What happened

November has been a great month for airline stocks, with carriers easily outpacing strong S&P 500 gains on excitement surrounding the development of a COVID-19 vaccine. But on Monday investors seem to be questioning whether stocks have run too far too fast, and airlines are under pressure as a result.

Shares of American Airlines Group (NASDAQ:AAL) led the decline on Monday, down 7% at one point, with shares of Spirit Airlines (NYSE:SAVE) off by as much as 6.5% and JetBlue Airways (NASDAQ:JBLU) down by as much as 5.7%.

A plane landing at night.

Image source: Getty Images.

So what

Airlines have been hit hard by the pandemic, but November has marked an inflection point as investors finally have a glimpse of a light at the end of the tunnel. Positive developments toward a COVID-19 vaccine have provided a potential end point to the crisis, and raised confidence that airlines currently bleeding through millions daily will have enough capital to ride out the storm.

Shares of American and Spirit are still down more than 40% for the year, and JetBlue shares are off by 20%, but the stocks have rallied in November based on the growing optimism. American is the major airline seen as most vulnerable to an extended downturn due to its industry-high debt load, while Spirit was seen as a potential early winner in a recovery thanks to its below-average costs.

AAL Chart

Airline data by YCharts

American shares are also likely under pressure after being downgraded to underperform from market perform by Raymond James analyst Savanthi Syth. The analyst said that while American has made progress addressing the holes in its network and cutting costs, it's going to need years to pay down the debt taken on during the pandemic.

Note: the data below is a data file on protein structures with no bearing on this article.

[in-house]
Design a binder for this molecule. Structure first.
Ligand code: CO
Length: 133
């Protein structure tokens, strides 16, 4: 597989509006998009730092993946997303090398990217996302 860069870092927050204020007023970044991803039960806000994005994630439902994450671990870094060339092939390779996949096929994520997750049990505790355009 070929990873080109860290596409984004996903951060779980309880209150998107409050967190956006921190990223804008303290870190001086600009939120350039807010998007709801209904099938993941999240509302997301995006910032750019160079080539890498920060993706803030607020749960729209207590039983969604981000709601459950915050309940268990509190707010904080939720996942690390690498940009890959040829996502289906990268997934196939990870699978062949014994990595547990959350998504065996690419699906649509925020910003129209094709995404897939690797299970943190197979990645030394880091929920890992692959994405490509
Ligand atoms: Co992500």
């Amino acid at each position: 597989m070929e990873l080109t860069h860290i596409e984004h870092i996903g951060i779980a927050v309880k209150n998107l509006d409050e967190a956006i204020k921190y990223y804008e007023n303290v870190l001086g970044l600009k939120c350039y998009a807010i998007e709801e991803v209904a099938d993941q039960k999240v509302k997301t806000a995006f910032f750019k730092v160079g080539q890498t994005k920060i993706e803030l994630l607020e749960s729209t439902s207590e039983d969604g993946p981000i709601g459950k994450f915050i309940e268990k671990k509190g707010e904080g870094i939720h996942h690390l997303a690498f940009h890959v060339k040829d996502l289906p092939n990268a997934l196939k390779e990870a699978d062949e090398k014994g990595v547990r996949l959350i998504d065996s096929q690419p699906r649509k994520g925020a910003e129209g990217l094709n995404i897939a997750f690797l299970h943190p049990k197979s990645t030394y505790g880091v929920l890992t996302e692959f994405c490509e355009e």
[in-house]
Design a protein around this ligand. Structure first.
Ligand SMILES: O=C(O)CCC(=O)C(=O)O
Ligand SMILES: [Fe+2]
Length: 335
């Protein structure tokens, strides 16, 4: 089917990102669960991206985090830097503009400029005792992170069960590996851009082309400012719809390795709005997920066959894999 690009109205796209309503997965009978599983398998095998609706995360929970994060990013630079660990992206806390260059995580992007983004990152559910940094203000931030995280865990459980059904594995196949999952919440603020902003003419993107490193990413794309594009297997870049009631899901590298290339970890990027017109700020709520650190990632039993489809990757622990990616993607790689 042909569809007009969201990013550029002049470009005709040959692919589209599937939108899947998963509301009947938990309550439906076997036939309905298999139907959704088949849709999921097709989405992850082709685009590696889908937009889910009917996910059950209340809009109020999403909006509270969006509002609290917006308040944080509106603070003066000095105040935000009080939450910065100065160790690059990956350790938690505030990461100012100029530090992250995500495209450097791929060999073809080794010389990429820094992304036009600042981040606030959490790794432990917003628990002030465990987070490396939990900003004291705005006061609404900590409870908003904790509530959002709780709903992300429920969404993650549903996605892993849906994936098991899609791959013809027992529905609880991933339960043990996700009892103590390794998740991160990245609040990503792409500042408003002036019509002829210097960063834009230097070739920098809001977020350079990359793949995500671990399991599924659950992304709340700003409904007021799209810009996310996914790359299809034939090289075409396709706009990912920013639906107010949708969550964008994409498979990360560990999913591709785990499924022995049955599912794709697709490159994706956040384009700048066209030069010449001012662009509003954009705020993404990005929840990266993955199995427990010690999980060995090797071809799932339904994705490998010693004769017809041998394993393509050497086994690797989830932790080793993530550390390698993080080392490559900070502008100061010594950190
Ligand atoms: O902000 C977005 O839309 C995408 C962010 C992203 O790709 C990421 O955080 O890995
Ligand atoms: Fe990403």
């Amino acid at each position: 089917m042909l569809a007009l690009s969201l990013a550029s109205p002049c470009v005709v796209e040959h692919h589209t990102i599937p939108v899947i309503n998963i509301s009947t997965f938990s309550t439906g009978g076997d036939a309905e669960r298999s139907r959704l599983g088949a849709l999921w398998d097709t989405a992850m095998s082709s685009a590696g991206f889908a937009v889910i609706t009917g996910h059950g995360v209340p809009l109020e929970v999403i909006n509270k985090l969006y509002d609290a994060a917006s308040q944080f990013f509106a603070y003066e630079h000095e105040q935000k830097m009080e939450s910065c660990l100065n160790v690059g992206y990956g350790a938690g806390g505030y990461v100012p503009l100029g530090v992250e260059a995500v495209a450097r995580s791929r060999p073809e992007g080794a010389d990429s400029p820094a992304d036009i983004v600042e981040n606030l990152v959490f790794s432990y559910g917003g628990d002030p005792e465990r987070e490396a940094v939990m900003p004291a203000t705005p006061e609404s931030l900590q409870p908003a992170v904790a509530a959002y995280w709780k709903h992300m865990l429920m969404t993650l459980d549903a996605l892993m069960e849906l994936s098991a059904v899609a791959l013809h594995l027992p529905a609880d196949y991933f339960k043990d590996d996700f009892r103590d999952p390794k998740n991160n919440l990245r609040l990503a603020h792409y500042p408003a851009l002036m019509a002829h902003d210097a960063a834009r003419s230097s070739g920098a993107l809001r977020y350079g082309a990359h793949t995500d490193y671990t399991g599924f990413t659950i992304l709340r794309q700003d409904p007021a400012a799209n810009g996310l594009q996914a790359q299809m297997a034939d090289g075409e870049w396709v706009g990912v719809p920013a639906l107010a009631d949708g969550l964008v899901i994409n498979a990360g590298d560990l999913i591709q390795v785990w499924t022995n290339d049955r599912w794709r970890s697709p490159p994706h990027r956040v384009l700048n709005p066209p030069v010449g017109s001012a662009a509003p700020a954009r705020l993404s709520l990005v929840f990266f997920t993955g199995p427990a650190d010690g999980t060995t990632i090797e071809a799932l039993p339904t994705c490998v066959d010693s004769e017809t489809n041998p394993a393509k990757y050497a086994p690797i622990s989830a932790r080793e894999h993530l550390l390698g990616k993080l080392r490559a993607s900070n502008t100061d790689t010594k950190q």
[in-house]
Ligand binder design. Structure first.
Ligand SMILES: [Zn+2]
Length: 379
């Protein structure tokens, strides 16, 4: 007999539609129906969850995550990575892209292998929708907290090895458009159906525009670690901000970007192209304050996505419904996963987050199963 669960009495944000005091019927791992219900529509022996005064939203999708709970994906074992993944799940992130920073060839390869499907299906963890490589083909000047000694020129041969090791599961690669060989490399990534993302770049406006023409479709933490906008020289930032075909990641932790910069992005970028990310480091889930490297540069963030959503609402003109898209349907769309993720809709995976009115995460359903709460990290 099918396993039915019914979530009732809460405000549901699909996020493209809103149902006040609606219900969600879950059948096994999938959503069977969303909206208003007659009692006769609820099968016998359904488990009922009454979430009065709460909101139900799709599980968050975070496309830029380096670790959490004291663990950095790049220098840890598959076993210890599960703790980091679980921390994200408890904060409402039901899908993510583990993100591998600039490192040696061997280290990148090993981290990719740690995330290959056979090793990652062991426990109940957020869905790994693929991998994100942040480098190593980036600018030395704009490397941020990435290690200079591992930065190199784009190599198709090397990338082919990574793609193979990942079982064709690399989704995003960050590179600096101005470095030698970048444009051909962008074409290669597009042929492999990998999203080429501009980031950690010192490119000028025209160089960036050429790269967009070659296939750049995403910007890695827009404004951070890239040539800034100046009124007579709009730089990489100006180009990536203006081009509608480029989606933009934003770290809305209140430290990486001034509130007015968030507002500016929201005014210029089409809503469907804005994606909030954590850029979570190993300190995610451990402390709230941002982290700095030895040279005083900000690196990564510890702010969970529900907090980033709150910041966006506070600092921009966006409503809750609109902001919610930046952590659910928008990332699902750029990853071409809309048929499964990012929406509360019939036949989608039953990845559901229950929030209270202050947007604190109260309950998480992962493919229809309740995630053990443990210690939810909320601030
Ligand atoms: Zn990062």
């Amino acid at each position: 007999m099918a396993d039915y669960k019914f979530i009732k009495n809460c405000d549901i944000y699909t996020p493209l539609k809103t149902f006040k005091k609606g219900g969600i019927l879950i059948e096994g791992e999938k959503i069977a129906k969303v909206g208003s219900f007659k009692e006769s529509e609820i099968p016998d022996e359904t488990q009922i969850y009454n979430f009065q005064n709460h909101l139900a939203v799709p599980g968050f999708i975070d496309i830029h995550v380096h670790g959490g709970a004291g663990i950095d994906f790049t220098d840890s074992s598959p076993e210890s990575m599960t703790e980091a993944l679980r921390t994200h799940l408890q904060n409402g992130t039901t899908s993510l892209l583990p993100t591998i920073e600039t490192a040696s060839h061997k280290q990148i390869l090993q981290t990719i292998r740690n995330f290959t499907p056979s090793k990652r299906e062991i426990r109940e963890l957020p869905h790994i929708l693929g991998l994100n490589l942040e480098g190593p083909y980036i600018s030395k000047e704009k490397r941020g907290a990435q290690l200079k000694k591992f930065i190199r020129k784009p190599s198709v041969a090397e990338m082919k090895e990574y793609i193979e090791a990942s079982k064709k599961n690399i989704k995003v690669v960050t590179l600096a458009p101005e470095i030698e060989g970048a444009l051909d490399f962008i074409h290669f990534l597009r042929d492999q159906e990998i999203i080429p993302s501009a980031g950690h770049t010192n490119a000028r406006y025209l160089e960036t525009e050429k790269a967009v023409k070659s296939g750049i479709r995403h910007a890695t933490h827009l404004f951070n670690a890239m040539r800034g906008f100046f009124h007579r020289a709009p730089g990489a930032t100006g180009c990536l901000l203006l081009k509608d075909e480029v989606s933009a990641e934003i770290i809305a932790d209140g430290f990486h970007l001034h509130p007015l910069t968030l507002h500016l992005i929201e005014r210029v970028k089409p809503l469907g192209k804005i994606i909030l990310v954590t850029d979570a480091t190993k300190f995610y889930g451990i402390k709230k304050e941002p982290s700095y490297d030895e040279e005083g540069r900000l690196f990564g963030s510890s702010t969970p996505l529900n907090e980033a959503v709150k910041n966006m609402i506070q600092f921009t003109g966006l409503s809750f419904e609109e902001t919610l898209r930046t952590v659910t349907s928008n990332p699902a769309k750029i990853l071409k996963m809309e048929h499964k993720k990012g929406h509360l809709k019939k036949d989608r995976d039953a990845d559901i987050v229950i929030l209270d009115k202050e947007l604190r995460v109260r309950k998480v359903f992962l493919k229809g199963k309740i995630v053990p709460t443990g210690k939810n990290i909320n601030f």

JetBlue, meanwhile, provided a reminder that even if a vaccine is near, it will do nothing to stem near-term losses. The airline in a regulatory filing said it expects fourth-quarter flying to be down 45% to 50% year over year, with fourth-quarter revenue off by 70%.

JetBlue had previously forecast fourth-quarter revenue would be down 65%. The airline said booking trends remain "volatile," and said it expects to burn between $6 million and $8 million per day in the current quarter.

Now what

As I've said before the airlines do appear to be in the early stages of a recovery, but investors should not lose sight on just how long a recovery will take. The airlines don't expect traffic to return to pre-pandemic levels for years, and some have warned it could take a decade for more lucrative business travel to recover.

We're in a dangerous period, because even as optimism is justifiably building there is enough danger out ahead that we are likely to see continued turbulence. We're seeing that today, and will quite likely see continued volatility well into 2021.

For investors willing to brave buying in today, it is best to be selective about what airline stocks you buy. We should hopefully be able to avoid revisiting the early pandemic bottoms these stocks endured back in the spring, but still face a long, arduous journey ahead.

This article represents the opinion of the writer, who may disagree with the “official” recommendation position of a Motley Fool premium advisory service. We’re motley! Questioning an investing thesis -- even one of our own -- helps us all think critically about investing and make decisions that help us become smarter, happier, and richer.